You might not think it b/c of how handsome I am but I am strongly against littering
Terror in Resonance has been disappointing, but I keep watching it. Partly because it is very pretty (expensive), partly because every time I make pasta my roommate just puts it on and I groan and think, “Fine, I will watch.” The most recent episode finally gets at some things, at least.
Anyways, start pronouncing Los Angeles correctly, please.
Here’s last week’s post. Let’s begin anew.
[We post a lot of articles here at Destructoid. The endless, ouroboros news cycle has us burning the snake at both ends, which will ultimately push big news, thoughtful original pieces, and all sorts of other great content off of the front page. Check here every Saturday for my attempt to rectify that.]
Does Snowpiercer feel like a game because all games are surreal? – Steven Hansen
After I had watched Snowpiercer, I ran into a pocket of internet people referring to it as “basicallyBioShock the movie.” Naturally, I looked hard down my big, long nose at those people (because I am tall and strong), as a huge fan of Bong Joon-ho and as someone whose fiction awareness goes back further than 2007. I’d been waiting almost a year as the film sat in an editing bay waiting to be chopped up for US release (it wasn’t, thanks to its director).
This preserved the film’s careful structure. Exactly half of it takes place in sub-prole squalor, half in something out of a Terry Gilliam film. The contrast is stark, the message not subtle, following a tradition of classism coming under scrutiny by speculative fiction.
Father of the Wasteland: How to trust your fans and revive a classic – Alessandro Fillari
Two years after an enormously successful Kickstarter for Wasteland 2, [Brian Fargo and his development studio inXile Entertainment] are quickly approaching the time for its release. We were invited to meet Fargo during his press tour for the game. During our talk, we learned just how much inXile and the creator are putting on the line with this revival of a classic post-apocalyptic adventure.
How to stop sucking at The Last of Us multiplayer – Kyle MacGregor
I almost made the mistake of assuming [Last of Us‘ multiplayer] was tack-on. I almost wish I did. The disc has scarcely left my PS3 over the last year because of it. I’ve spent a lot of time with the multiplayer. More than I’m proud of, really. And in that time I’ve noticed some things — things that might help players suck less. And because I’m such a saint, I figured I’d share the fruits of my obsession with you, dear reader.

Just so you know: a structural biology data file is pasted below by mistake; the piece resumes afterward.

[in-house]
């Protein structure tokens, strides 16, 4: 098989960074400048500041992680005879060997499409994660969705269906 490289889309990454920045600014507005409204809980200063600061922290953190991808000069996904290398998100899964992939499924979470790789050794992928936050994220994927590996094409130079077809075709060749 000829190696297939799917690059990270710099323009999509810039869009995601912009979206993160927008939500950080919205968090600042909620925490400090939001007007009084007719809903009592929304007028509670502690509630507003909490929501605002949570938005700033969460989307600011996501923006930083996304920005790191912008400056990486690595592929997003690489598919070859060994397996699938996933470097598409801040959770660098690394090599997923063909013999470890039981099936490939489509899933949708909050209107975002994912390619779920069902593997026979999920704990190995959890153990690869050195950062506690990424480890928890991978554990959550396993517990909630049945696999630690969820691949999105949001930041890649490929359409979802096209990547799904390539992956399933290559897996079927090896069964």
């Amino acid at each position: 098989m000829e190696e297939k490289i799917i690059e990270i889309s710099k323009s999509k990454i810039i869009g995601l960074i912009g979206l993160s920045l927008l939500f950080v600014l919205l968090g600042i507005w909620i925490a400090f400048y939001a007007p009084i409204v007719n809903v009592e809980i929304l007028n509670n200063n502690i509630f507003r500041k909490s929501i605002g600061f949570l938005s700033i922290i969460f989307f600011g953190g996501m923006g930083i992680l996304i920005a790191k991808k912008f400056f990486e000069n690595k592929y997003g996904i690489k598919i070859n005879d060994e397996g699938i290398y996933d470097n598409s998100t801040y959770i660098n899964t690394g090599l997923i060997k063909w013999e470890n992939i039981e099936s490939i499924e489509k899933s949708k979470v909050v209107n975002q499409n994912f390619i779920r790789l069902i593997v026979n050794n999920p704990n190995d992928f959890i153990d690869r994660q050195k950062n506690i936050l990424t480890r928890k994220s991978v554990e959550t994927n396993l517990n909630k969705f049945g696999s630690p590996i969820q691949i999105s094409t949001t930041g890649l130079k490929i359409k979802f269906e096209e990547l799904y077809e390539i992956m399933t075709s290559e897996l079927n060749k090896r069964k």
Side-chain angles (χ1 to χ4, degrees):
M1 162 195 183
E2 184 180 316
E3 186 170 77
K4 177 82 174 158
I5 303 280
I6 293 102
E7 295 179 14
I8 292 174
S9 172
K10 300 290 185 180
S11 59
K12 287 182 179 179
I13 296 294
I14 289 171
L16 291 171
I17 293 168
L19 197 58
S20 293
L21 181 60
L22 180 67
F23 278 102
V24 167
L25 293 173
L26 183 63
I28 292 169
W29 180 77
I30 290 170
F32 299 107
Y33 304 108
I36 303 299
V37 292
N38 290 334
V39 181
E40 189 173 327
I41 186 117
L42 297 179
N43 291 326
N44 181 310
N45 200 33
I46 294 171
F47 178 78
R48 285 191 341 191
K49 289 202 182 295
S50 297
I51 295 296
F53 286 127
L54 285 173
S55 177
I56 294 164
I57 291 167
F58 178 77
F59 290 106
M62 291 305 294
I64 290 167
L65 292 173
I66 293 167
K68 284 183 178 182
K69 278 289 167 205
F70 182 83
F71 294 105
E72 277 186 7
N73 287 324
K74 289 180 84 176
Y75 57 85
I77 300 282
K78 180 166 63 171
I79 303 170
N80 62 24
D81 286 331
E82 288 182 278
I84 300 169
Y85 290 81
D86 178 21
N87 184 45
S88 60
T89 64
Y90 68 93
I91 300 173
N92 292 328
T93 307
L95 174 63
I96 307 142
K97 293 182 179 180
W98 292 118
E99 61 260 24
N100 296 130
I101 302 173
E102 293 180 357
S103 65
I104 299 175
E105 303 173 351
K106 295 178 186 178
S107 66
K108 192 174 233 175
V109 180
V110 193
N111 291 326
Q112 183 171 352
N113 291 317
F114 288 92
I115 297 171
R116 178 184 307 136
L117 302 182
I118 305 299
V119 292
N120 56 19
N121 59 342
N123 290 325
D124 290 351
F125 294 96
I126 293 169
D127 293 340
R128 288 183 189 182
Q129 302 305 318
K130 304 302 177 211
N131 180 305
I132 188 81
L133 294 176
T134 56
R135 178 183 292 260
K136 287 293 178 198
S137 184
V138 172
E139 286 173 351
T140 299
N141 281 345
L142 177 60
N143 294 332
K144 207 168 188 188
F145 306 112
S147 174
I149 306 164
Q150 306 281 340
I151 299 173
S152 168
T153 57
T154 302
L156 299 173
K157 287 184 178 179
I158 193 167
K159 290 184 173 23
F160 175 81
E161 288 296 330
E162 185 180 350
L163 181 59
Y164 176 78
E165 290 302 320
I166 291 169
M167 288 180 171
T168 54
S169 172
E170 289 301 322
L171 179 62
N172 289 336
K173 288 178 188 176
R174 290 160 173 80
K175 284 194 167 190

How would you feel if your online opponent was secretly a bot? – Jonathan Holmes
Wondering if my online experience with Wii Sports Club Boxing was “real” or not took me back to when The Blair Witch Project was first released. A lot of people who hadn’t researched the movie before going into it came out thinking it was “real” too. They thought the footage was all legit; that someone really edited together what a snuff film starring a witch and some dead college students and put it in theaters. When they found out later that is was all made up, some were impressed that the film had suspended their disbelief so effectively, while others were outraged that they were made to think that the movie was “better than it actually was”. This conversation ended up being more interesting than the movie itself, and probably did a lot to contribute to its financial success.
The smaller the group is, the more likely I am to just use real names. When it’s just a few people over voice chat it’s easy to introduce yourself, especially if said players are close friends in real life. But over time, groups can grow and accommodate more players — or often times in MMOs, I’m dragged into a pick-up-group or another guild with a foreign TeamSpeak, Mumble, or Vent chatroom, where I don’t know anyone.
Á la carte: Love thy characters and love their lovers – Steven Hansen